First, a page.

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The science of making chemistry lessons engaging


Chemistry is, without a shadow of a doubt, one of the most fascinating subjects. However, it can be tricky to hold a student’s attention long enough for them to realise this too. The solution lies in the act of “engagement”. Educators are encouraged to use relevance, excitement, and interaction to foster a love of chemistry and why it matters .

According to a study by Gallup , students who are engaged during a lesson are 2.5 times more likely to achieve excellent grades, and they are 4.5 times more likely to be positive about their futures when compared with actively disengaged peers.

What does this mean for you as a chemistry teacher? It means that your teaching career is more than your own point of view. Whether you are a fully qualified educator or a first-year NQT teacher , it is important that you try to see the world the way a student sees it. If you can do this, then you can apply strategies to successfully bridge the gap between the unknown and the fascinating realm of chemistry.

1. Make sure that your own passion for chemistry has been fully ignited

Science teacher jobs can be exceedingly rewarding, especially if you are passionate about the subject. This enthusiasm can be contagious. If your students see how excited you get during a lesson, they’re more likely to be intrigued by what you have to say.

If your light for chemistry has started to fade, perhaps you need to revisit why you chose this as a subject to teach? It could be that you got lost in teaching theory and stopped noticing the wonders of chemistry.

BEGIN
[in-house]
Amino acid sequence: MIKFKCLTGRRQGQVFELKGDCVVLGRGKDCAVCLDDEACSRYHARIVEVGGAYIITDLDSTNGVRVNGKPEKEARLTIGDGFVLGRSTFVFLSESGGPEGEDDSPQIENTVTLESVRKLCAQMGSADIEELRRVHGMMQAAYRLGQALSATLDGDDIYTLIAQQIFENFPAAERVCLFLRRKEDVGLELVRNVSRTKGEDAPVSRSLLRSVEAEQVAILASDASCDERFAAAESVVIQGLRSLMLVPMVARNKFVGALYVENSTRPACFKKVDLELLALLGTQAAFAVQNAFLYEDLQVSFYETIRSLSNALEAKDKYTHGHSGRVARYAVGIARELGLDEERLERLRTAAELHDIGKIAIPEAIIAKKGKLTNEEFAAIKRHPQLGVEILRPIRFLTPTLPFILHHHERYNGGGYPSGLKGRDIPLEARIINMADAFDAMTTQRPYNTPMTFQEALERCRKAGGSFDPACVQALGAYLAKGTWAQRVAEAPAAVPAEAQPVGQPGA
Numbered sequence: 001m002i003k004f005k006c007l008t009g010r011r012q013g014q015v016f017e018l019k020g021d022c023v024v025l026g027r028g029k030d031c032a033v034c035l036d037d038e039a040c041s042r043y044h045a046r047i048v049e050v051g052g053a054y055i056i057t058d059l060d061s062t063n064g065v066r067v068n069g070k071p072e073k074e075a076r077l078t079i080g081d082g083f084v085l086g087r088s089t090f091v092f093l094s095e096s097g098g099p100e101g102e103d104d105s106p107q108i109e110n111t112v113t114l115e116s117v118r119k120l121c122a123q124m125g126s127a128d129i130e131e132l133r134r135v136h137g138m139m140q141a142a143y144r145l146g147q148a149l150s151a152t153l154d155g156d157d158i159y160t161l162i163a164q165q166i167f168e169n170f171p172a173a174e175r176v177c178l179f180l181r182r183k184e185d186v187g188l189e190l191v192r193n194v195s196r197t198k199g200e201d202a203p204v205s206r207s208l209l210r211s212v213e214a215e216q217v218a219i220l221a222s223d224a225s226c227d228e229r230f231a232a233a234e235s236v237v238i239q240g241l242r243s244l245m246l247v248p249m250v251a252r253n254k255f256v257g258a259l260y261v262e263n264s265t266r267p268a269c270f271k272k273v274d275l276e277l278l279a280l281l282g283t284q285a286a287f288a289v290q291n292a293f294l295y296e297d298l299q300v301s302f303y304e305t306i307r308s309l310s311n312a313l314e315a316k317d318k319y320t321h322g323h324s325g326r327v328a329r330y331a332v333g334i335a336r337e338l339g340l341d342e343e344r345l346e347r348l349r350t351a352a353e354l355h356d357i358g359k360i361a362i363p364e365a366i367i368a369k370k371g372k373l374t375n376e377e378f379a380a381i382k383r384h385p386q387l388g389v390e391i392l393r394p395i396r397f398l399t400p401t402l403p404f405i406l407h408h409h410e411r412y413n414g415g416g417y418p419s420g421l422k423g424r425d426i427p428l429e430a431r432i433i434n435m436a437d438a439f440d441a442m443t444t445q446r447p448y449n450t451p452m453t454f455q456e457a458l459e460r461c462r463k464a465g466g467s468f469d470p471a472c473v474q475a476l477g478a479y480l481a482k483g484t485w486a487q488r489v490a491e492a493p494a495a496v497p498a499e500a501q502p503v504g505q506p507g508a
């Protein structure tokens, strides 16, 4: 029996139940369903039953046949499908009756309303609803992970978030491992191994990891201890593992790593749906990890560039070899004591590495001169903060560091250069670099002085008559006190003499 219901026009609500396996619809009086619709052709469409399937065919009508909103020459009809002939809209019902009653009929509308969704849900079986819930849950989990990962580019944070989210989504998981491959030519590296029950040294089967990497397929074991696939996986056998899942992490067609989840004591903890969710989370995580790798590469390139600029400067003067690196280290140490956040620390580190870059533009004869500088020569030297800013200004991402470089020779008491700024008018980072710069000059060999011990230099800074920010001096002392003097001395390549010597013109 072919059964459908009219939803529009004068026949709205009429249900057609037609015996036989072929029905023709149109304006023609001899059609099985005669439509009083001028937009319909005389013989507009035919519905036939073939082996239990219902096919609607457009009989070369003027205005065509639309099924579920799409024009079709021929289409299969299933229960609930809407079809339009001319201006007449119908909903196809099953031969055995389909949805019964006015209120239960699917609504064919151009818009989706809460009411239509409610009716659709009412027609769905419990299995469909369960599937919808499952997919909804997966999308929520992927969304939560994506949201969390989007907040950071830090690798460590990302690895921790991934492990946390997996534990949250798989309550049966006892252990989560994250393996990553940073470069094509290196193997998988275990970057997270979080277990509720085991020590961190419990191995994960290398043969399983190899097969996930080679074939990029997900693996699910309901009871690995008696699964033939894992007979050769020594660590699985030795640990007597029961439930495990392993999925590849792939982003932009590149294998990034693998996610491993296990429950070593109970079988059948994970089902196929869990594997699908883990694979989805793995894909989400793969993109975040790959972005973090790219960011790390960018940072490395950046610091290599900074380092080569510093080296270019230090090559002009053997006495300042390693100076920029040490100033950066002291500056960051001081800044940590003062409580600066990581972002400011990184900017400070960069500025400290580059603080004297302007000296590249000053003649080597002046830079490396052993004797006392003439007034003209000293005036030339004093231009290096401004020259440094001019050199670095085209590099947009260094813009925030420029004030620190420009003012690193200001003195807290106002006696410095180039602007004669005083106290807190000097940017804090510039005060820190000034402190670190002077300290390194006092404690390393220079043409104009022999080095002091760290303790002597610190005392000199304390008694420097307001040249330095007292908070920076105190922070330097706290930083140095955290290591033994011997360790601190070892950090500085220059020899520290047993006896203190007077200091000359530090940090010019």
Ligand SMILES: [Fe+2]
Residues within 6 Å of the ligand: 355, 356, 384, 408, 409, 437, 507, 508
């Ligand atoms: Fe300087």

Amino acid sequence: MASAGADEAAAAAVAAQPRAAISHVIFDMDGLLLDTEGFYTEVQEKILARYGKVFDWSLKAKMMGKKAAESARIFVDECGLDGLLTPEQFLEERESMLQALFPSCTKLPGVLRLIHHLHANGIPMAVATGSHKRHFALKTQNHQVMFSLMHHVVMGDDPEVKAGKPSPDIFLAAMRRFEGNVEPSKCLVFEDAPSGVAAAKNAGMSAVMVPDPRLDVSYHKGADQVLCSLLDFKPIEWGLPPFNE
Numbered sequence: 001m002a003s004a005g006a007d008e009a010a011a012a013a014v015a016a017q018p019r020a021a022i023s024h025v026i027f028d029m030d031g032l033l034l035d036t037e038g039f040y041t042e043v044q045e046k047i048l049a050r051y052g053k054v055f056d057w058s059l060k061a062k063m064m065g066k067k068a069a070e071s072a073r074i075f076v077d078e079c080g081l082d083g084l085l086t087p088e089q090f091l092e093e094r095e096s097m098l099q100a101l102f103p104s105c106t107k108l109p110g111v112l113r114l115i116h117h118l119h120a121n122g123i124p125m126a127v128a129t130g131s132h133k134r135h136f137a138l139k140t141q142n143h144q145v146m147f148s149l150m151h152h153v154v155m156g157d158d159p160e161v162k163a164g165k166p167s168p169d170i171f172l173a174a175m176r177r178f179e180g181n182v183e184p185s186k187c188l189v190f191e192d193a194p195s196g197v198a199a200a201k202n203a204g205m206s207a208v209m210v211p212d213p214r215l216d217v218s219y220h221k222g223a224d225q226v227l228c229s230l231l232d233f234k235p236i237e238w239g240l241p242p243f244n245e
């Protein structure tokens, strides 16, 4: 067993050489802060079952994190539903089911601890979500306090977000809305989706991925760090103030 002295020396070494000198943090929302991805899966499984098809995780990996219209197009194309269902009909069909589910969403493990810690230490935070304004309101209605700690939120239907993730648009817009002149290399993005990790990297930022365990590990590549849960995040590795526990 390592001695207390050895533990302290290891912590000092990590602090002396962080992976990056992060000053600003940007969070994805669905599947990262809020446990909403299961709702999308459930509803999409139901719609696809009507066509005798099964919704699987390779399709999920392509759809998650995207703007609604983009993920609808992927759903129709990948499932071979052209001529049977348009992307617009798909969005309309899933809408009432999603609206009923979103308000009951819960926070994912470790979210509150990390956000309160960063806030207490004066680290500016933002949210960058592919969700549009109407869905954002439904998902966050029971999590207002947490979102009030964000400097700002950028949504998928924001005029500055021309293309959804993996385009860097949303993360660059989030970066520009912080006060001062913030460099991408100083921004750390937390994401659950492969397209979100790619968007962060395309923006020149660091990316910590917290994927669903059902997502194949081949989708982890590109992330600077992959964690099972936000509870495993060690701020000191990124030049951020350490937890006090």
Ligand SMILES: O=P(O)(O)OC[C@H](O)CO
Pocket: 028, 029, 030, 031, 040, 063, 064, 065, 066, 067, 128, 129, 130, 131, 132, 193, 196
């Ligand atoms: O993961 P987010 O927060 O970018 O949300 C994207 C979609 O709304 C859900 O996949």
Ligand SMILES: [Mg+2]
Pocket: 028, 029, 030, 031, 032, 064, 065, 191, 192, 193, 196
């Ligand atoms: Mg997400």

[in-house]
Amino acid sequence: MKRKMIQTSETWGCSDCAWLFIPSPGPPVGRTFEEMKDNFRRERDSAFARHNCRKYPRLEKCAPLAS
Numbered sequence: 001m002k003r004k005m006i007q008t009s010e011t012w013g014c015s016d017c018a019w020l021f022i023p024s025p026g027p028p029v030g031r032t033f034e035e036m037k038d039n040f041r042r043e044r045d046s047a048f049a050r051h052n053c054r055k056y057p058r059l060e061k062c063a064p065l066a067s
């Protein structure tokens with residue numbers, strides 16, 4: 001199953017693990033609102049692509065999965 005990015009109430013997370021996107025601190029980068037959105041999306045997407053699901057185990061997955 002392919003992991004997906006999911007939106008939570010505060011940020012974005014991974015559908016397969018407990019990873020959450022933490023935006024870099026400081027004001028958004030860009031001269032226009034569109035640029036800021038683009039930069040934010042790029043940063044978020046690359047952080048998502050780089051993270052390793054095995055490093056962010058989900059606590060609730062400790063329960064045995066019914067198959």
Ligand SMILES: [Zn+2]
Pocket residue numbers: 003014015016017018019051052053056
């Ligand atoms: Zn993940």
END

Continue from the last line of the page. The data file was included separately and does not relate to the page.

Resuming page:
2. Mix theory with interactivity

The theory behind chemistry is usually what students battle to wrap their minds around. So why not make this part fun? Instead of planning one lesson for theory and a separate lesson for physical experiments, combine the two to create a holistic lesson that puts theory and practice in their proper context.

3. Allow your students to take the lead

When you are putting together your next chemistry lesson plan, add activities where your students take the lead in class . This will encourage them to take control of the subject matter and dissect it in a way that fits their learning style.

Here are a few ways to encourage student-lead learning:

  • Present problems to your students and ask them to provide solutions
  • Ask learners to research a chemistry topic and then present it to the class
  • Ask students to take control of an experiment after they have read the theory

4. Make the lesson relatable

Students want to learn about things that have an impact on their daily lives. That means you should always try to create a chemistry lesson that they will find relatable. For younger kids who get their thrills from dramatic explosions, work on an erupting volcano project. For high school students, explore the science of glow sticks and host your own classroom party.

Look for trends to give you some guidance in this regard – or ask your students what they are currently interested in.

5. Ask questions

End each lesson by asking questions. Questions are a valuable part of the learning process and can be used to determine if what you have taught has really sunk into the minds of your students. To stimulate engagement, encourage your students to ask you questions too – this will give you an even deeper insight into their thought processes and if they are on the brink of a eureka moment!

Are you searching for the best chemistry teacher jobs?

Teaching Personnel is the UK’s leading education recruitment agency. Our specialist consultants connect candidates with the best teaching jobs, teaching assistant jobs, and supply teacher jobs across the UK. We will take the time to understand what you are looking for in your next teaching job so that we can match you with the right role at the right school. If you are ready to start the job search, browse our science teacher jobs and get your application started.

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